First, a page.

Georgiana was the only daughter of George Keate, an amateur artist and poet, who was known to most of the artistic and literary circles of the day.  He (and therefore Georgiana) could count David Garrick, Angelica Kauffman, John Russell, Charles James Fox and Robert Adam among their close circle of friends.   Georgiana married John Henderson (also an amateur artist) who was an early patron of J M W Turner and Thomas Girtin.

The diaries I work with are similar to those Susan used as a source: Visits and Visitors. I can’t wait to read her biography of Georgiana Jane Henderson. Buy it thru several sources: Amazon, Amazon.uk [=sites offer a preview of the book], or Lulu.

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Be on the lookout for “Material Lives”

October 3, 2020 at 12:21 pm (books, entertainment, fashion, history) (, , , )

About Material Lives: Women Makers and Consumer Culture in the Eighteenth Century, by Serena Dyer:

“Eighteenth-century women told their life stories through making. With its compelling stories of women’s material experiences and practices, Material Lives offers a new perspective on eighteenth-century production and consumption. Genteel women’s making has traditionally been seen as decorative, trivial and superficial. Yet, their material archives, forged through fabric samples, watercolours, dressed prints and doll’s garments, reveal how women used the material culture of making to record and navigate their lives.

Dyer_Material Lives

Material Lives positions women as ‘makers’ in a consumer society. Through fragments of fabric and paper, Dyer explores an innovative way of accessing the lives of otherwise obscured women. For researchers and students of material culture, dress history, consumption, gender and women’s history, it offers a rich resource to illuminate the power of needles, paintbrushes and scissors.”

From Bloomsbury, the publisher:

List of Illustrations
List of Charts and Tables
Acknowledgements
List of Abbreviations

1. Introduction: Making Material Lives
Material Life Writing
The Consumer Culture of Making
Four Material Lives

2. Material Accounting: A Sartorial Account Book
Barbara Johnson (1738–1825)
Educating Barbara Johnson
Accounting for Herself
Material Literacy
A Chronicle of Fashion

3. Dress of the Year: Watercolours
Ann Frankland Lewis (1757–1842)
Sartorial Timekeeping and the Fashion Plate
Accomplishment and Creative Practice
Society and Fashionable Display
Selfhood, Emotion and the Mourning Watercolours

4. Adorned in Silk: Dressed Prints
Sabine Winn (1734–1798)
Paper Textiles, Dress and the Dressed Print
Sabine Winn’s Dressed Prints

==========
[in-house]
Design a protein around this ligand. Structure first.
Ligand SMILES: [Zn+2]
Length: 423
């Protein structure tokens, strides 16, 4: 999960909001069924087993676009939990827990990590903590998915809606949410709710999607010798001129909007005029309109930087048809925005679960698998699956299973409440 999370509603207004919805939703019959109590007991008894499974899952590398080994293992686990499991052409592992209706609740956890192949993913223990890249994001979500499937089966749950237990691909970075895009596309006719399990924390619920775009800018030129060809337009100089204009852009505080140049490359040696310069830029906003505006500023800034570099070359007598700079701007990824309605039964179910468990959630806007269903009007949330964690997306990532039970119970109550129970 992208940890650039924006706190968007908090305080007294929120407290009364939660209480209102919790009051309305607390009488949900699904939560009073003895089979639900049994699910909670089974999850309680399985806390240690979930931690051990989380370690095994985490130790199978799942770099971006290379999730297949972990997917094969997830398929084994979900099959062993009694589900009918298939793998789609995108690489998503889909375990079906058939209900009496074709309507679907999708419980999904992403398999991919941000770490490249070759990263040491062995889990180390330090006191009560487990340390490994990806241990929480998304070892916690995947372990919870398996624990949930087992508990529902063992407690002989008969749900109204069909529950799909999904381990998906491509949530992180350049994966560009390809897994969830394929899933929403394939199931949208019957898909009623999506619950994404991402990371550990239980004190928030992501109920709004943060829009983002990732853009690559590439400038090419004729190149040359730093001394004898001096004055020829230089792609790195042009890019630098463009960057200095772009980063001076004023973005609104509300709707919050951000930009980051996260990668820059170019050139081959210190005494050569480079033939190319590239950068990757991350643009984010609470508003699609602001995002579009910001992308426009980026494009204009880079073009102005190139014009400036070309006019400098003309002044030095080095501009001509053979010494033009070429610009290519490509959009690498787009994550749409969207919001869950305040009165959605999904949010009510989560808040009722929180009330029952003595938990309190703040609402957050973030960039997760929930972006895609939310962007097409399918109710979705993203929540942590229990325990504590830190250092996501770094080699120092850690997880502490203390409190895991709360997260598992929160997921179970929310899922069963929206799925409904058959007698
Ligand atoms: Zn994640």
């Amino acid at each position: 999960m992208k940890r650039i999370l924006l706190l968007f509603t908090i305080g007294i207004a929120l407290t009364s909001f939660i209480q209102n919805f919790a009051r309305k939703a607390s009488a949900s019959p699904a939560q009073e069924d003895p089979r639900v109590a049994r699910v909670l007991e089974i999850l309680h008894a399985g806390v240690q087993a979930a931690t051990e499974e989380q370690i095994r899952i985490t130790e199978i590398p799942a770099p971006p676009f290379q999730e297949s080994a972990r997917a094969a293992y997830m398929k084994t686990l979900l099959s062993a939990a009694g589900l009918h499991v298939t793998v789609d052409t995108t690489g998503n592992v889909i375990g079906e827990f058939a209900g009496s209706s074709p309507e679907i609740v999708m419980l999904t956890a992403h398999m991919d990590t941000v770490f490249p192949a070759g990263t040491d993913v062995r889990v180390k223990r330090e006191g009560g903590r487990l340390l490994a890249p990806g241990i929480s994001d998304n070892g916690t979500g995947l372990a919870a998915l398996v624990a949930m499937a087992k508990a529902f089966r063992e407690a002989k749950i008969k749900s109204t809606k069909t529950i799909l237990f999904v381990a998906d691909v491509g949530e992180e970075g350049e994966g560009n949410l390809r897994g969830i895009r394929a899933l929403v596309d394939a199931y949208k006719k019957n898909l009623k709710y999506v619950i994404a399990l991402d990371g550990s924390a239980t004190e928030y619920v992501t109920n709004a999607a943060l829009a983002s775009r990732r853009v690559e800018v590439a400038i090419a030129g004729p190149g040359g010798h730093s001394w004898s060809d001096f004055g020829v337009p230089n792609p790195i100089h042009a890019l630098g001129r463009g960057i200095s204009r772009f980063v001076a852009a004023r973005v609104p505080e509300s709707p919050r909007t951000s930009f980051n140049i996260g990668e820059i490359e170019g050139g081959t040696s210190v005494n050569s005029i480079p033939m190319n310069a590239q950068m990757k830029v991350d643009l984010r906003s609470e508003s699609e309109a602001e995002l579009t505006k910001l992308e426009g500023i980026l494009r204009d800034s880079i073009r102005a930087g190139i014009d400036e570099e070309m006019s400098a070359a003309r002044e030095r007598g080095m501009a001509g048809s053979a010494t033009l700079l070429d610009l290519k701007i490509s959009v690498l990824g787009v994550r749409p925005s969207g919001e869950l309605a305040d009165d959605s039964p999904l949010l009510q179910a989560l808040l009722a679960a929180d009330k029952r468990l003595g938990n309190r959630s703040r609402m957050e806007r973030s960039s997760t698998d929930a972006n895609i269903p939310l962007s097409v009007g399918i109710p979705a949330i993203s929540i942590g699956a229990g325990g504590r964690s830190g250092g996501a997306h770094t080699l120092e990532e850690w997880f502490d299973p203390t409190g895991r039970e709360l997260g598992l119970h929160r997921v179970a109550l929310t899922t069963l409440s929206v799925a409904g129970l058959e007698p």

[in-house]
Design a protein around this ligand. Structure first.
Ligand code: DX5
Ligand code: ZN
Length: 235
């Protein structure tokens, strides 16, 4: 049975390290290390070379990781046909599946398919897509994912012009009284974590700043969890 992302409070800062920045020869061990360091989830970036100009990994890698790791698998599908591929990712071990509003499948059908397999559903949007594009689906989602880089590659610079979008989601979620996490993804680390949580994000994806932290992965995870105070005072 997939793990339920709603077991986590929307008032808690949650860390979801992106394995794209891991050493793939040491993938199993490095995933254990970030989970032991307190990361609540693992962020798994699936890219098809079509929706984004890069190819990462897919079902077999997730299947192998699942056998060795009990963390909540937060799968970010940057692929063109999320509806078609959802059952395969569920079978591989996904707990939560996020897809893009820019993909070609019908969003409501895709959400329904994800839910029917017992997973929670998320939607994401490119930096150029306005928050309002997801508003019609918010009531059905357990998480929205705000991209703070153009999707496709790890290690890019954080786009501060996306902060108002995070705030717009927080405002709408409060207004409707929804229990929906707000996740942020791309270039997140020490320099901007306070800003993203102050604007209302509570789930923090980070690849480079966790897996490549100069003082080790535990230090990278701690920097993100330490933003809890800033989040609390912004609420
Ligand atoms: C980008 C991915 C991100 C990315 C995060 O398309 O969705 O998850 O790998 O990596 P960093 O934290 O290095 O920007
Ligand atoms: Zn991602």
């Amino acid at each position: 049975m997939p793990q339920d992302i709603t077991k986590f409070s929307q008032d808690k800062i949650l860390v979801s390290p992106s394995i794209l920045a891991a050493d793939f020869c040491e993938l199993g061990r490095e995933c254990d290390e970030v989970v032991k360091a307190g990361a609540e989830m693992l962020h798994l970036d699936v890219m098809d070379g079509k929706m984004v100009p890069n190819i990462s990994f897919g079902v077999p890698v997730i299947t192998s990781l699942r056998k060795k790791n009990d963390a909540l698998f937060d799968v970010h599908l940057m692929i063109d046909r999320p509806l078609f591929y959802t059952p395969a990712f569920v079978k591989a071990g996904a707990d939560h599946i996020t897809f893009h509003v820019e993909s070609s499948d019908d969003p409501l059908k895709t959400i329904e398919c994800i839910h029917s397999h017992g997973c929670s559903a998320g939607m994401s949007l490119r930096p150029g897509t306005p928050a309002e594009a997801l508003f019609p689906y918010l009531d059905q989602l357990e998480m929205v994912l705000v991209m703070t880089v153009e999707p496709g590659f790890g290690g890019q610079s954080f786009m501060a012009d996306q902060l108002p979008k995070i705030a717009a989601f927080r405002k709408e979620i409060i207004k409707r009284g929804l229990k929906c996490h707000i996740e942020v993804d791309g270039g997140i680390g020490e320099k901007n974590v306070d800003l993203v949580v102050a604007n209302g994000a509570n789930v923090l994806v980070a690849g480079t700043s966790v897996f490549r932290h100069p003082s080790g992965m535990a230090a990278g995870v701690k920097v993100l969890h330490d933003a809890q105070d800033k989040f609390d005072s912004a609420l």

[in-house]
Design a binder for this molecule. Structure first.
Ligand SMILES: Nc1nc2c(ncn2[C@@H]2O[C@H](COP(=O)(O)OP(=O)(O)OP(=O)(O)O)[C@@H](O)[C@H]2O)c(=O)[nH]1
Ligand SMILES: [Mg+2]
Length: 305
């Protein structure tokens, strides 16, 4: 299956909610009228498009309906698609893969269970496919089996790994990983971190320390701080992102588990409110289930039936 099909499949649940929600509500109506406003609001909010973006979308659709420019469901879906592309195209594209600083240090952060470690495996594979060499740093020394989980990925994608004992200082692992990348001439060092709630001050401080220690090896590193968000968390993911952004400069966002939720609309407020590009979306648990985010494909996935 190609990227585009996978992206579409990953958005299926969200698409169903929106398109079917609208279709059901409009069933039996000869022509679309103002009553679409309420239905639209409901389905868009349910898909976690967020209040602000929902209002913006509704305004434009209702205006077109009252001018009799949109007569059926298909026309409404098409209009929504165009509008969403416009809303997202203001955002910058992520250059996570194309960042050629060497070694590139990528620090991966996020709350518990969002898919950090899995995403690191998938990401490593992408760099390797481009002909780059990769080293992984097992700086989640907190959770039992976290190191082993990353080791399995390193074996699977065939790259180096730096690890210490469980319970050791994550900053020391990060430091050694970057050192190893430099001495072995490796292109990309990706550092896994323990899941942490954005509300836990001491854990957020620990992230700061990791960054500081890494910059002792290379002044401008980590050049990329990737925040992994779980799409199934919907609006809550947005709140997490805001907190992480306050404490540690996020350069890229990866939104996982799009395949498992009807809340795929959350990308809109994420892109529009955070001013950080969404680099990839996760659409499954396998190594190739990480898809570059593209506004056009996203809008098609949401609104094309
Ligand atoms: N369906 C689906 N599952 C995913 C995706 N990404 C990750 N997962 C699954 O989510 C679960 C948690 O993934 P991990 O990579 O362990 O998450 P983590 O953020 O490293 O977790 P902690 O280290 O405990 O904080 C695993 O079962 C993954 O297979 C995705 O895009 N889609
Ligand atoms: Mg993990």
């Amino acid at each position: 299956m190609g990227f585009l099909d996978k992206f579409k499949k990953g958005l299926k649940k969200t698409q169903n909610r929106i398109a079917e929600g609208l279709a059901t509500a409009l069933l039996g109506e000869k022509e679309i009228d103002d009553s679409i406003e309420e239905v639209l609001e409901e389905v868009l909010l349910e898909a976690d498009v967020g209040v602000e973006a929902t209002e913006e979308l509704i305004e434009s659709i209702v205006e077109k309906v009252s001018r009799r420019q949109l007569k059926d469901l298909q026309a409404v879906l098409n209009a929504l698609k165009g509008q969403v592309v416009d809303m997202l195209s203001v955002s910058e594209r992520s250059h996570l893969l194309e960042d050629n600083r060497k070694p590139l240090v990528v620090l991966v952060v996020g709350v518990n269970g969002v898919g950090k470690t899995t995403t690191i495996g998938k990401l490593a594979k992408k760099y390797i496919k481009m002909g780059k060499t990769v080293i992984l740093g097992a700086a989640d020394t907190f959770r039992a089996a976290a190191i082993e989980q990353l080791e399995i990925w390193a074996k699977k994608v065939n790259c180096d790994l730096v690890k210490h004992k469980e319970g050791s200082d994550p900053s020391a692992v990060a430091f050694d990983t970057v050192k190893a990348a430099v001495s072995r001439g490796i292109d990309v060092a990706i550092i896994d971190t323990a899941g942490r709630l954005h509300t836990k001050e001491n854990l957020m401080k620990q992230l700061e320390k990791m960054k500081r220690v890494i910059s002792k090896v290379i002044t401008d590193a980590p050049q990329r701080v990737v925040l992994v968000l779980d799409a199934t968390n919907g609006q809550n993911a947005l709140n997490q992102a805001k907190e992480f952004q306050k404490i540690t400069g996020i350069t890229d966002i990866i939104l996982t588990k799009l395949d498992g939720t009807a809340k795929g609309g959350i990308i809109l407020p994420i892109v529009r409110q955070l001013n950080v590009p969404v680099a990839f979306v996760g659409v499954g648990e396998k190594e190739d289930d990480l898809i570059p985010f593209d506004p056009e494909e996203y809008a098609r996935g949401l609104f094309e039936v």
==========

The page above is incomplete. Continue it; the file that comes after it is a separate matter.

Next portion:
Print and Making at Nostell

5. Fashions in Miniature: Dolls
Laetitia Powell (1741–1801)
The Powell Dolls
Mimetic Dolls and Miniature Selves
Dolls as Sartorial Social Narrators

6. Conclusion: Material Afterlives

Glossary
Bibliography
Index

What enthuses me the most are the chapters on two women I know well by name. 

Barbara Johnson (see “New Find – Old Book” and “Fashion News, Regency-Style“) produced the lovely “album of styles and fabrics” that covers so many decades of her life, from 1746 up to her death in 1825. The album was photographed during its conservation, a heart-rending tale to hear about (its condition was deteriorating, after its purchase by the Victoria and Albert, which came after its purchase by Colonial Williamsburg (Virginia) was blocked). Don’t we all hope that “we” are proper “caretakers” of items in our possession?

And the chapter on Ann Frankland Lewis must be among the first long-looks at the art (and hopefully life) of this fascinating artist. (See “Ann Lewis fecit” and “Regency Fashion, L.A. Style“.)

“Frankland” as a name is of interest to my research because of a brief mention, by Emma Smith (several years before she became Emma Austen [1828]), of “some” daughters of the Rev. Roger Frankland, a Canon of Wells. The Smiths were great friends with the Archbishop of Bath and Wells, Rev. Beadon, and spent many weeks each year visiting his family. “The Miss Franklands” were musical, and as such came to my attention while working on the book chapter, “Prima la musica: Gentry Daughters at Play – Town, Country, and Continent, 1815-1825” (for the edited volume, Women and Music in Georgian Britain). That I could locate this brother in Ann Frankland Lewis’ family proved hard work. So it’s exciting to wonder what about Lewis’ biography Serena Dyer has been able to locate.

I see that an old 2014 post, “Elite Ladies of the North,” not only mentioned Sabine Winn (chapter 4), but also had located a PODCAST about her by Serena Dyer.

The book Material Lives is due to be published at the end of February 2021, so we’ve a bit of a wait. Dyer has an edited volume – also published by Bloomsbury – just out (in the UK) or coming out (November 2020) in the US: Material Literacy in Eighteenth-Century Britain: A Nation of Makers, with co-editor Chloe Wigston Smith.

As someone who was “crafty” in her youth (and self-taught), I believe it is about time that scholars take a serious look at women artists as more than “time-fillers of too many leisure hours” and see their work as more than “merely decorative” stuff. I sewed, did needlework, knitted; at one point I loved to paint (by number, I’m afraid); and did several other “crafts.” I enjoyed doing them, and enjoyed wearing the products of my work and keen ability, and I still gaze upon old handiwork – a pillow here, a piece of art on the wall there, old sketches and fading photographs. 

*Listen to a podcast of Dyer talking about her books and interests in dress and consumer culture in general; at Stitcher.